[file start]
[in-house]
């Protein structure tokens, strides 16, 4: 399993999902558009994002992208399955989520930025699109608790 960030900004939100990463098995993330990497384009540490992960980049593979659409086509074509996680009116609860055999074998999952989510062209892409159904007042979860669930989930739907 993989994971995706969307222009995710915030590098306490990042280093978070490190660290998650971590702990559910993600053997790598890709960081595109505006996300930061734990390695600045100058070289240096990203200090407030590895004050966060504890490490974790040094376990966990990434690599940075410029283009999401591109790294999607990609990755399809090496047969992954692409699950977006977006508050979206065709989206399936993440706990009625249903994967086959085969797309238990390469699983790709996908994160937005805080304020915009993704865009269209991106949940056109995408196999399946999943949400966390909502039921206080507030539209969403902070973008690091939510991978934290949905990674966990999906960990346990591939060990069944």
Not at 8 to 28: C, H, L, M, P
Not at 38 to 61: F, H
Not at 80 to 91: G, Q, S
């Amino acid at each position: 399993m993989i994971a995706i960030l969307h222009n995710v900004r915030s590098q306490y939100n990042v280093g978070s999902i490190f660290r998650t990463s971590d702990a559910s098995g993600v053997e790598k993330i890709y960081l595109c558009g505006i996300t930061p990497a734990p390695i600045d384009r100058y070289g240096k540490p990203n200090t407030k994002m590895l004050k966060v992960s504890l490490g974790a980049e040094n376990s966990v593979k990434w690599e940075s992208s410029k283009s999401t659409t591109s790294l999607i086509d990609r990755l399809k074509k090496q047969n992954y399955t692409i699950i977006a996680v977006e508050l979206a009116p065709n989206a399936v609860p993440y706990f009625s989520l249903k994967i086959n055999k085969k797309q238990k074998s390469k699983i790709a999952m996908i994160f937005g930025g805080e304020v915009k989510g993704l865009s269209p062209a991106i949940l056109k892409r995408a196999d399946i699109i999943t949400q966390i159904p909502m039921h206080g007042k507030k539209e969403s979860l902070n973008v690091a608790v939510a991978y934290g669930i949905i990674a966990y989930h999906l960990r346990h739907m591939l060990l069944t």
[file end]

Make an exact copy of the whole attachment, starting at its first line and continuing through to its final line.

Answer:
[in-house]
């Protein structure tokens, strides 16, 4: 399993999902558009994002992208399955989520930025699109608790 960030900004939100990463098995993330990497384009540490992960980049593979659409086509074509996680009116609860055999074998999952989510062209892409159904007042979860669930989930739907 993989994971995706969307222009995710915030590098306490990042280093978070490190660290998650971590702990559910993600053997790598890709960081595109505006996300930061734990390695600045100058070289240096990203200090407030590895004050966060504890490490974790040094376990966990990434690599940075410029283009999401591109790294999607990609990755399809090496047969992954692409699950977006977006508050979206065709989206399936993440706990009625249903994967086959085969797309238990390469699983790709996908994160937005805080304020915009993704865009269209991106949940056109995408196999399946999943949400966390909502039921206080507030539209969403902070973008690091939510991978934290949905990674966990999906960990346990591939060990069944």
Not at 8 to 28: C, H, L, M, P
Not at 38 to 61: F, H
Not at 80 to 91: G, Q, S
């Amino acid at each position: 399993m993989i994971a995706i960030l969307h222009n995710v900004r915030s590098q306490y939100n990042v280093g978070s999902i490190f660290r998650t990463s971590d702990a559910s098995g993600v053997e790598k993330i890709y960081l595109c558009g505006i996300t930061p990497a734990p390695i600045d384009r100058y070289g240096k540490p990203n200090t407030k994002m590895l004050k966060v992960s504890l490490g974790a980049e040094n376990s966990v593979k990434w690599e940075s992208s410029k283009s999401t659409t591109s790294l999607i086509d990609r990755l399809k074509k090496q047969n992954y399955t692409i699950i977006a996680v977006e508050l979206a009116p065709n989206a399936v609860p993440y706990f009625s989520l249903k994967i086959n055999k085969k797309q238990k074998s390469k699983i790709a999952m996908i994160f937005g930025g805080e304020v915009k989510g993704l865009s269209p062209a991106i949940l056109k892409r995408a196999d399946i699109i999943t949400q966390i159904p909502m039921h206080g007042k507030k539209e969403s979860l902070n973008v690091a608790v939510a991978y934290g669930i949905i990674a966990y989930h999906l960990r346990h739907m591939l060990l069944t």